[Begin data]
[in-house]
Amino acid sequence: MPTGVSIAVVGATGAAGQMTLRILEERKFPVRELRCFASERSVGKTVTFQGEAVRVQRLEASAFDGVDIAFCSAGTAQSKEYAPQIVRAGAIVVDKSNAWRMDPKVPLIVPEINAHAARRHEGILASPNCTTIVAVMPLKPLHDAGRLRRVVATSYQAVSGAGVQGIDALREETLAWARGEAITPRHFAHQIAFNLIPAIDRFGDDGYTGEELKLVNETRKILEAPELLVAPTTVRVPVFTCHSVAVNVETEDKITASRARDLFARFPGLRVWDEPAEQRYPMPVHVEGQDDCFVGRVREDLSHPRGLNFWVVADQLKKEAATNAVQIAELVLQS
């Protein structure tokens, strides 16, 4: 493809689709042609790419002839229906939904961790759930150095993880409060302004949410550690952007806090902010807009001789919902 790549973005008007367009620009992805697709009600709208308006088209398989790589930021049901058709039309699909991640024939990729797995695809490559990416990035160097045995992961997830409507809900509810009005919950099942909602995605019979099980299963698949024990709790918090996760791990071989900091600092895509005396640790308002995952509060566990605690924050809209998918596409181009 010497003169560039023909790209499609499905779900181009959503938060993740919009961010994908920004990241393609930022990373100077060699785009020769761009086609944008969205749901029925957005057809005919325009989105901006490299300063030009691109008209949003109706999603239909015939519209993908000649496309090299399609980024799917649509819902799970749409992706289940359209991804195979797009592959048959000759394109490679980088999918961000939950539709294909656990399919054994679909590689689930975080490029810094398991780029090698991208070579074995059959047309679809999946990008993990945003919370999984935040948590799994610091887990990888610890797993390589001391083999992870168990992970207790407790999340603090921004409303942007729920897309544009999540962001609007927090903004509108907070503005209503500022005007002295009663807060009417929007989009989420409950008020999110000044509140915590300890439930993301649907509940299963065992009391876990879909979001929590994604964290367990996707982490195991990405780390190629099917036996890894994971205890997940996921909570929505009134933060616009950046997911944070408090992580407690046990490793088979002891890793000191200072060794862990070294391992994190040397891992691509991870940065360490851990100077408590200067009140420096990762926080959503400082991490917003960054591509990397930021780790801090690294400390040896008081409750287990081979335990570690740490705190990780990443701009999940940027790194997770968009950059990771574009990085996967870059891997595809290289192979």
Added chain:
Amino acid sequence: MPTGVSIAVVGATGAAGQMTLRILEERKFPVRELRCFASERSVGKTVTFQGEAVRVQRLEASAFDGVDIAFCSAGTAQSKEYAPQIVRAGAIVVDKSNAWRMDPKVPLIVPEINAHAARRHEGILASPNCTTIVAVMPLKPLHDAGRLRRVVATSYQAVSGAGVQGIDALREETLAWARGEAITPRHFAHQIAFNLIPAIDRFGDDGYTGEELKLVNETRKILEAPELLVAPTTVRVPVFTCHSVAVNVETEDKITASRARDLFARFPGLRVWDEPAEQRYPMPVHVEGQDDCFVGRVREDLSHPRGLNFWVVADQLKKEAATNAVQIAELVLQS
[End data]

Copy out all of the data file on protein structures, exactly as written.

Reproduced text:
[in-house]
Amino acid sequence: MPTGVSIAVVGATGAAGQMTLRILEERKFPVRELRCFASERSVGKTVTFQGEAVRVQRLEASAFDGVDIAFCSAGTAQSKEYAPQIVRAGAIVVDKSNAWRMDPKVPLIVPEINAHAARRHEGILASPNCTTIVAVMPLKPLHDAGRLRRVVATSYQAVSGAGVQGIDALREETLAWARGEAITPRHFAHQIAFNLIPAIDRFGDDGYTGEELKLVNETRKILEAPELLVAPTTVRVPVFTCHSVAVNVETEDKITASRARDLFARFPGLRVWDEPAEQRYPMPVHVEGQDDCFVGRVREDLSHPRGLNFWVVADQLKKEAATNAVQIAELVLQS
């Protein structure tokens, strides 16, 4: 493809689709042609790419002839229906939904961790759930150095993880409060302004949410550690952007806090902010807009001789919902 790549973005008007367009620009992805697709009600709208308006088209398989790589930021049901058709039309699909991640024939990729797995695809490559990416990035160097045995992961997830409507809900509810009005919950099942909602995605019979099980299963698949024990709790918090996760791990071989900091600092895509005396640790308002995952509060566990605690924050809209998918596409181009 010497003169560039023909790209499609499905779900181009959503938060993740919009961010994908920004990241393609930022990373100077060699785009020769761009086609944008969205749901029925957005057809005919325009989105901006490299300063030009691109008209949003109706999603239909015939519209993908000649496309090299399609980024799917649509819902799970749409992706289940359209991804195979797009592959048959000759394109490679980088999918961000939950539709294909656990399919054994679909590689689930975080490029810094398991780029090698991208070579074995059959047309679809999946990008993990945003919370999984935040948590799994610091887990990888610890797993390589001391083999992870168990992970207790407790999340603090921004409303942007729920897309544009999540962001609007927090903004509108907070503005209503500022005007002295009663807060009417929007989009989420409950008020999110000044509140915590300890439930993301649907509940299963065992009391876990879909979001929590994604964290367990996707982490195991990405780390190629099917036996890894994971205890997940996921909570929505009134933060616009950046997911944070408090992580407690046990490793088979002891890793000191200072060794862990070294391992994190040397891992691509991870940065360490851990100077408590200067009140420096990762926080959503400082991490917003960054591509990397930021780790801090690294400390040896008081409750287990081979335990570690740490705190990780990443701009999940940027790194997770968009950059990771574009990085996967870059891997595809290289192979």
Added chain:
Amino acid sequence: MPTGVSIAVVGATGAAGQMTLRILEERKFPVRELRCFASERSVGKTVTFQGEAVRVQRLEASAFDGVDIAFCSAGTAQSKEYAPQIVRAGAIVVDKSNAWRMDPKVPLIVPEINAHAARRHEGILASPNCTTIVAVMPLKPLHDAGRLRRVVATSYQAVSGAGVQGIDALREETLAWARGEAITPRHFAHQIAFNLIPAIDRFGDDGYTGEELKLVNETRKILEAPELLVAPTTVRVPVFTCHSVAVNVETEDKITASRARDLFARFPGLRVWDEPAEQRYPMPVHVEGQDDCFVGRVREDLSHPRGLNFWVVADQLKKEAATNAVQIAELVLQS